the TV series and you have Kimagure Orange Road at its core: the indecisiveness of Kyosuke's feelings between Hikaru and Madoka. This movie creates a painful resolution to the series where Kyosuke finally makes a decision where he must put the happiness of one of the girls aside to make the other one happy. The emotions felt by the three as they make their intentions felt and respond to the decisions each make were very believable and painful to see take place.
Strip away all the comedy, ecchi, and psychic craziness of
Pacing in the movie was slow at some points, but I felt this was necessary to give enough time for me to get inside the minds of the characters as they respond to each other's decisions.
The character designs and artwork were quite similar in detail to the TV series so don't expect any big changes in that department. However, this movie features a powerful music soundtrack effectively used in the dramatic situations taking place in the love triangle.
With a big change in mood compared to the TV series, KOR: I Want to Return to That Day makes for a powerful conclusion to the TV series and is the best that the series has to offer.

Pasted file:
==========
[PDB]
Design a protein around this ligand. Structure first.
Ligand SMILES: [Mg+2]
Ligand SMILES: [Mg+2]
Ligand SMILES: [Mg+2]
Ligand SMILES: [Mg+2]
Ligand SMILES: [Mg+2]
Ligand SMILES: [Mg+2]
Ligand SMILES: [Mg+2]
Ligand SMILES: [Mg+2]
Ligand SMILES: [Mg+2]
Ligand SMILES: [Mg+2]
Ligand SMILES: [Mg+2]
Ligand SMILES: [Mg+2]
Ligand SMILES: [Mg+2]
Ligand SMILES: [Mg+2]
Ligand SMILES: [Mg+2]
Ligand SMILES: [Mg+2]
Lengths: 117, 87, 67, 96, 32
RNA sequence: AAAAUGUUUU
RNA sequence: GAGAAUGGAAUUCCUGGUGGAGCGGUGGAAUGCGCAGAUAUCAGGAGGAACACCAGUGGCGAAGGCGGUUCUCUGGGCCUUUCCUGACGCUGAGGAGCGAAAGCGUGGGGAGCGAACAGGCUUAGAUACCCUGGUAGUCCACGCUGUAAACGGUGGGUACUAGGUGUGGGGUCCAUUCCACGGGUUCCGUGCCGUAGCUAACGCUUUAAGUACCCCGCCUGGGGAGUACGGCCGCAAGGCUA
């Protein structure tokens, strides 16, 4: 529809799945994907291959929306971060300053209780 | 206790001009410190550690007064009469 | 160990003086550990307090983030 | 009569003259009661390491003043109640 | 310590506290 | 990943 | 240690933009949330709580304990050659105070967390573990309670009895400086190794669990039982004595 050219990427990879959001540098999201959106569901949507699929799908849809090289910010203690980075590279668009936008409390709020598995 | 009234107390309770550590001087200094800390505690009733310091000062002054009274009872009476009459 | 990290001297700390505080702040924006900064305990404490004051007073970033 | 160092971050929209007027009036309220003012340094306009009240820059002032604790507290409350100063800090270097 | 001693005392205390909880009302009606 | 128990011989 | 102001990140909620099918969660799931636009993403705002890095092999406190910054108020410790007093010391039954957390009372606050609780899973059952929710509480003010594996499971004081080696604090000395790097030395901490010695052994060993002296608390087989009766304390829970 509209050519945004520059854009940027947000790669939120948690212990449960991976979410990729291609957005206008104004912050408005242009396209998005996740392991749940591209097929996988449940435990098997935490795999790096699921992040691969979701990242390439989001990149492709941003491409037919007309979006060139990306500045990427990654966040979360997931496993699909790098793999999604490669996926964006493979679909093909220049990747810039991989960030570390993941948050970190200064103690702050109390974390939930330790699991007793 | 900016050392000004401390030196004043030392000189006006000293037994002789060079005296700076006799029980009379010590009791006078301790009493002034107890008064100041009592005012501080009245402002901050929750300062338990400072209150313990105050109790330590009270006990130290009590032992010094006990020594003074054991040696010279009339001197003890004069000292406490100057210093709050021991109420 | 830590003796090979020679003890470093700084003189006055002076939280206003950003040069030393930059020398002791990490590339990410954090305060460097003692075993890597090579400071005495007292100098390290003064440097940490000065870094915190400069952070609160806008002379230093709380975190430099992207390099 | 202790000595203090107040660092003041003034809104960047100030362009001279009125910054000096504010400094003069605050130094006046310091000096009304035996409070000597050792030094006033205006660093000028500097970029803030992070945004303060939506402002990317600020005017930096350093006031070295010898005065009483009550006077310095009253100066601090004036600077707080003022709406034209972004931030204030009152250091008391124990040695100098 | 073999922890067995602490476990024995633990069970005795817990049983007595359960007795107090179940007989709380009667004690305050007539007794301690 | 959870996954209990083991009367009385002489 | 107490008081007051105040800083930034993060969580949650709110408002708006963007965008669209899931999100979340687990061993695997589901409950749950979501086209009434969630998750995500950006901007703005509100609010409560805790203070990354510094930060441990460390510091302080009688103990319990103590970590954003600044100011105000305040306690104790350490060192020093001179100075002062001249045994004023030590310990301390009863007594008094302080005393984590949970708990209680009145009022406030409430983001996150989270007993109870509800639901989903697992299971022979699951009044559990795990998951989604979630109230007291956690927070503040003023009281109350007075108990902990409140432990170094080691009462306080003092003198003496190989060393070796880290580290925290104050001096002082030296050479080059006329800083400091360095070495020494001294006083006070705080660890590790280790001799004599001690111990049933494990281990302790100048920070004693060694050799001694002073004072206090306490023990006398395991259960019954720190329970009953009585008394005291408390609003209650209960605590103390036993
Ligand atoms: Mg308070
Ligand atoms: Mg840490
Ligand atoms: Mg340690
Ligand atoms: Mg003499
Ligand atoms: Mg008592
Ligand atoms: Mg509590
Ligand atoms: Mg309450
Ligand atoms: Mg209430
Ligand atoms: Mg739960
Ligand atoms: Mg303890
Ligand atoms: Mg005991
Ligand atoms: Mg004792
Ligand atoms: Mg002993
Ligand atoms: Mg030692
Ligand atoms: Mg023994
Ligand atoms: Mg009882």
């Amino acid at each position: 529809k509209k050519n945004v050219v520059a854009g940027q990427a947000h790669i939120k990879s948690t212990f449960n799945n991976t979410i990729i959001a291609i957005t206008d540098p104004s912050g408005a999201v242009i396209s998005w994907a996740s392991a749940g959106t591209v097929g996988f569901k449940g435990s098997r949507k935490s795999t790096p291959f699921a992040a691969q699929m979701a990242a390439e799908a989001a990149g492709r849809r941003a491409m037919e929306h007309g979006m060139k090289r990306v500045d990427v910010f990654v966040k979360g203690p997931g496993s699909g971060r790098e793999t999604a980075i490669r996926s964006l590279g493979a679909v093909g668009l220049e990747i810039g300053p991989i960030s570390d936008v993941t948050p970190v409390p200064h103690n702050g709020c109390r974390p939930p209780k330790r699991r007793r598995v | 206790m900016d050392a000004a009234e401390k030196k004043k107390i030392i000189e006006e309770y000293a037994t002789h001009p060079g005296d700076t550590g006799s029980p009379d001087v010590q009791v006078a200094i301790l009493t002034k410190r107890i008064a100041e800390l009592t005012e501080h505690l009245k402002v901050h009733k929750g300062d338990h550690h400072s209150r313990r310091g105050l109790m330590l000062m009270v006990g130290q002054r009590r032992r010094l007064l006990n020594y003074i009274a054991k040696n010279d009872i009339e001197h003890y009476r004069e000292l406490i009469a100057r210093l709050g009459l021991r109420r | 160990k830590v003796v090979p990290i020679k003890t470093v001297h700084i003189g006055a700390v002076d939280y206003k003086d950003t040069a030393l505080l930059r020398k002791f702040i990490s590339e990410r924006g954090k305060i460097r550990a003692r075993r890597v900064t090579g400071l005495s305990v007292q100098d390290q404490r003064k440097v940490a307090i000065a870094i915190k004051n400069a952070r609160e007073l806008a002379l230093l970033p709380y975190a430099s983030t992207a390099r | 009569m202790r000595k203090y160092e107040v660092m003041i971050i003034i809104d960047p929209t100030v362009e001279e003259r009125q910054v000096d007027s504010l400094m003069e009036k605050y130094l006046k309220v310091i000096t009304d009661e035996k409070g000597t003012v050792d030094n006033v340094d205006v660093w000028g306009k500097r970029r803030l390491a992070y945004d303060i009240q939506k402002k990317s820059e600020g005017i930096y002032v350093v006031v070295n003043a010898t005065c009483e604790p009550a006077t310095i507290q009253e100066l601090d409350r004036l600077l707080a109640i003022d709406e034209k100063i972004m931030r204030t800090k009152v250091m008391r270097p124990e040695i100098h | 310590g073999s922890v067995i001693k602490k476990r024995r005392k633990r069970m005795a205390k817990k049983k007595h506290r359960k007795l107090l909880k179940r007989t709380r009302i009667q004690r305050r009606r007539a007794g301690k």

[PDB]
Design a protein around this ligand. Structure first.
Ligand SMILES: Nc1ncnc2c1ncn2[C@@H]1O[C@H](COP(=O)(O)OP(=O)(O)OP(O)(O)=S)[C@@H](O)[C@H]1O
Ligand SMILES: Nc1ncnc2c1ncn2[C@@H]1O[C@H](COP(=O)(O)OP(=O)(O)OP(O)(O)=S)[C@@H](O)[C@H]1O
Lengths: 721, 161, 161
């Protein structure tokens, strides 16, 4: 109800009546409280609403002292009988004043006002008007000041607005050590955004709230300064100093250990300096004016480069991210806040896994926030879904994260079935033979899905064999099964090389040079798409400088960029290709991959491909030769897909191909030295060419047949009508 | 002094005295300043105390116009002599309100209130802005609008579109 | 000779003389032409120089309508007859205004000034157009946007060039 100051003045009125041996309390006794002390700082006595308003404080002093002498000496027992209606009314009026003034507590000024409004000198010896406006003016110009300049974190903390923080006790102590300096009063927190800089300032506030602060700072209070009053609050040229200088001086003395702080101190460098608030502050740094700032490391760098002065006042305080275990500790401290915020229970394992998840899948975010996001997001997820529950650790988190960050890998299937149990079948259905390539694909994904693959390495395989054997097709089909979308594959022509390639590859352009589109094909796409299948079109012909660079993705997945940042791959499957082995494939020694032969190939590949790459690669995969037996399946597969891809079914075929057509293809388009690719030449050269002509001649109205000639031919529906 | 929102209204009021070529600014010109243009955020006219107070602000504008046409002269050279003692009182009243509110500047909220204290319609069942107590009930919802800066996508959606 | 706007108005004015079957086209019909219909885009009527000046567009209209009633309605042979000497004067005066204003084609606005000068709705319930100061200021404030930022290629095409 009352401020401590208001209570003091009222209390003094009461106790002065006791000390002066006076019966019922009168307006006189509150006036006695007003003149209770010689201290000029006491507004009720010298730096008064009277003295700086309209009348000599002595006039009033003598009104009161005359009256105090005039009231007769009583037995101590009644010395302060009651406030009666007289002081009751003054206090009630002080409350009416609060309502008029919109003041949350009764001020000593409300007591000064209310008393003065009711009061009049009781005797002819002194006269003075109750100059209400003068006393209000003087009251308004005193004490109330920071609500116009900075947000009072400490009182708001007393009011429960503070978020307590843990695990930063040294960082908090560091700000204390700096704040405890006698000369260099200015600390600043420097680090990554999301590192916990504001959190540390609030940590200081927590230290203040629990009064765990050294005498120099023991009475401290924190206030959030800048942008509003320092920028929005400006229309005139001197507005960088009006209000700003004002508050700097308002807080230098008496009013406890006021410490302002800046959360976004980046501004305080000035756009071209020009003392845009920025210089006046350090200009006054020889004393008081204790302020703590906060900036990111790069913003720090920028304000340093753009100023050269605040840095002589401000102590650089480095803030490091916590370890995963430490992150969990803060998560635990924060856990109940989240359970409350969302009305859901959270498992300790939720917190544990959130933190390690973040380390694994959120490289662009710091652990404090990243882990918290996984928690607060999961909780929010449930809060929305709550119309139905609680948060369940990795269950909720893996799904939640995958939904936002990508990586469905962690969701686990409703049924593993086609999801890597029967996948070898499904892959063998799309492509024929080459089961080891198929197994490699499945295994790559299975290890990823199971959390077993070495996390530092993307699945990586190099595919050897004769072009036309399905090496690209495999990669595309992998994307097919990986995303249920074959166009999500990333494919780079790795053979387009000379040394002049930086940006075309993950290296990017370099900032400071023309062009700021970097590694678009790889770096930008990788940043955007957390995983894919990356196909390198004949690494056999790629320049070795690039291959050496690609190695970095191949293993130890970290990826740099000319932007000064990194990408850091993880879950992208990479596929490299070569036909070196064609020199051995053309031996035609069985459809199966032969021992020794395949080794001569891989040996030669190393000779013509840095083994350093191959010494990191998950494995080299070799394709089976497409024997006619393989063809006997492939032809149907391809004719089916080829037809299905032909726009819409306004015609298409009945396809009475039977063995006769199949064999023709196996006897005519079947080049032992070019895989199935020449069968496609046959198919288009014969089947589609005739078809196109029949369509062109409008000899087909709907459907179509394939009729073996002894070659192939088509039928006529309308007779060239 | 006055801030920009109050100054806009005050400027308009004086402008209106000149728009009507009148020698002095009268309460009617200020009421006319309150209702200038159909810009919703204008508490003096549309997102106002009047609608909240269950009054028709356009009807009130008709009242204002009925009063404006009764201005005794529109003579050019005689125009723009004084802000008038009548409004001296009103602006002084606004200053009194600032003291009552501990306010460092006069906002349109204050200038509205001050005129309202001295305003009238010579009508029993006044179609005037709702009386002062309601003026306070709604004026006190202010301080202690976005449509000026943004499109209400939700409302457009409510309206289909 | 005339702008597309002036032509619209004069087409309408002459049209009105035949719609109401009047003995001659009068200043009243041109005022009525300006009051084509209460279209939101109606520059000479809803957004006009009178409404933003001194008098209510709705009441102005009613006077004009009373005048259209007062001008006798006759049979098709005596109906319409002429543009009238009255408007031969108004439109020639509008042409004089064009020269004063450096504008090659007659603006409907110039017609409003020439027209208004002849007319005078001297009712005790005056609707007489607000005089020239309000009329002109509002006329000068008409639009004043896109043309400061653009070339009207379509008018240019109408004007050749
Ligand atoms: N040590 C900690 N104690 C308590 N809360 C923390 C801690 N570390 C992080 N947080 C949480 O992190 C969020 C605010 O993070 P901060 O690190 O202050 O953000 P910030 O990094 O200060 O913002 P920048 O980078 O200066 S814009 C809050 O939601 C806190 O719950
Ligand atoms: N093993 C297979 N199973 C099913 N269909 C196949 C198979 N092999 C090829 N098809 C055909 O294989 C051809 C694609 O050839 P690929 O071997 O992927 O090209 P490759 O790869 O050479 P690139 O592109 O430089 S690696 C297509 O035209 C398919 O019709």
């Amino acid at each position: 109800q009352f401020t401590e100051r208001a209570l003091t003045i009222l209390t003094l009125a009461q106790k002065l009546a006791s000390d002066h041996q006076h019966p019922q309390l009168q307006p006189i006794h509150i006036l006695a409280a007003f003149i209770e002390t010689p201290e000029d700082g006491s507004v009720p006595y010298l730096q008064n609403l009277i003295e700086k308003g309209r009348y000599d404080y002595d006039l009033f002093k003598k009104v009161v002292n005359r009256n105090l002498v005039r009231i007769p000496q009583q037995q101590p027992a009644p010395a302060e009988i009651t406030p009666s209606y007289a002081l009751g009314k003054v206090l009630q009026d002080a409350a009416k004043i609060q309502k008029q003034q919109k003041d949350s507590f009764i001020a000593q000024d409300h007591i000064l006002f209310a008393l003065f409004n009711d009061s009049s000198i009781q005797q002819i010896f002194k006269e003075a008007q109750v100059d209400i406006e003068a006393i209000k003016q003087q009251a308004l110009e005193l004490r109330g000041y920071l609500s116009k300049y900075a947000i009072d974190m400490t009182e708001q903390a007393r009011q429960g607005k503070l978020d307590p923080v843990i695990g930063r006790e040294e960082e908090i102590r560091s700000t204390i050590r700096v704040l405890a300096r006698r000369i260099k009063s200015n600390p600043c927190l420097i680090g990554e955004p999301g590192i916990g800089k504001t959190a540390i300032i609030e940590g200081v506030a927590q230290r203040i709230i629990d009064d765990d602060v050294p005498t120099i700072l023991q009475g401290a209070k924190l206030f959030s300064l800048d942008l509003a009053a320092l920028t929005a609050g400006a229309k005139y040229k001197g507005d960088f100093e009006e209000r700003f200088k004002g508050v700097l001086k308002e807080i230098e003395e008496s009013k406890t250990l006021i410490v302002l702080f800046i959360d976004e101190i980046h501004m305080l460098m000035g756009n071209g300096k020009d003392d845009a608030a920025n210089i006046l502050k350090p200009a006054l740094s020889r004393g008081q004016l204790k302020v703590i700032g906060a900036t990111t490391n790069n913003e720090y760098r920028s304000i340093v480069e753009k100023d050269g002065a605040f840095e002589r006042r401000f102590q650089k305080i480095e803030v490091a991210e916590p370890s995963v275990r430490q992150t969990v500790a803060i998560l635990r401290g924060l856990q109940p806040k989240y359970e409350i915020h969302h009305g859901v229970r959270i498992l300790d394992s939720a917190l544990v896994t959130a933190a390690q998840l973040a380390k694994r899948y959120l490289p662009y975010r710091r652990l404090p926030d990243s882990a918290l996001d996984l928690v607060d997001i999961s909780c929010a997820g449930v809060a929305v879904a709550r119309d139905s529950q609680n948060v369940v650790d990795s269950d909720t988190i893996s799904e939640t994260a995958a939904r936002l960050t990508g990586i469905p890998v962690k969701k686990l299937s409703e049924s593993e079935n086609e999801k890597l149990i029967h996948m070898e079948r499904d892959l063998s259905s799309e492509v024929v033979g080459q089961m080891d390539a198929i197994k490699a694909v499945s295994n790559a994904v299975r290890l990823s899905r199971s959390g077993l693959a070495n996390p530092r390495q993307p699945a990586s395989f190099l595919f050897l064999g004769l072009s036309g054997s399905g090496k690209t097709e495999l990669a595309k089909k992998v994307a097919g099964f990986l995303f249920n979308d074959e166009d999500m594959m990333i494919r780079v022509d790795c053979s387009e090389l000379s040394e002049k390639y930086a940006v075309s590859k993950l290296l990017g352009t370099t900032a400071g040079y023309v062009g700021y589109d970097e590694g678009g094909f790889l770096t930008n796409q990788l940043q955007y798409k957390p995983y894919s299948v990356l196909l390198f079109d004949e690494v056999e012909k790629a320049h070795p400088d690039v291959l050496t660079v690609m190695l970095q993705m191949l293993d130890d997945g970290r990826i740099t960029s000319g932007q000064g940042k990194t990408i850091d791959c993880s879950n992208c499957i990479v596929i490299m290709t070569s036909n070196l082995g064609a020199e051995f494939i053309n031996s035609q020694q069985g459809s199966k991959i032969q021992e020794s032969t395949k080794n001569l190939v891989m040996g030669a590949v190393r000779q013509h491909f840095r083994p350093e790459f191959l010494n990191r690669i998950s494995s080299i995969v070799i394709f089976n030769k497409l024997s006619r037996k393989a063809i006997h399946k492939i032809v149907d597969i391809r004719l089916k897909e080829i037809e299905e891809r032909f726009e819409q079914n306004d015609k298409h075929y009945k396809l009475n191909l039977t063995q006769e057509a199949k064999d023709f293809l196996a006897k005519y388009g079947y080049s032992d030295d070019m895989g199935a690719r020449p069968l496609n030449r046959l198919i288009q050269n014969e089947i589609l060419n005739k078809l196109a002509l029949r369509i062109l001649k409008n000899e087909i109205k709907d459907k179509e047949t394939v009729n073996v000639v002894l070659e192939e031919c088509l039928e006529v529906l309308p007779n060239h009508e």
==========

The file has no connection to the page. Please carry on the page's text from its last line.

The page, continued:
Last updated Sunday, June 08 2008. Created Sunday, June 08 2008.
This is where the entire series truly ends. To me, I'm not really thrilled with the outcome, even though it brings a closure to the series (before KOR: Summer's Beginning). I'll try not to spoil it, but it just might not work if I don't go into some detail. In this movie, Kyosuke's relationship with Hikaru take a much different approach. With that in mind, Madoka finally realized her true feelings and finally admits it to Kyosuke. Now the problem is that Kyosuke now must make a difficult choice. It's either Madoka or Hikaru. I'll leave the rest for those who didn't see it to give them an opportunity to watch it.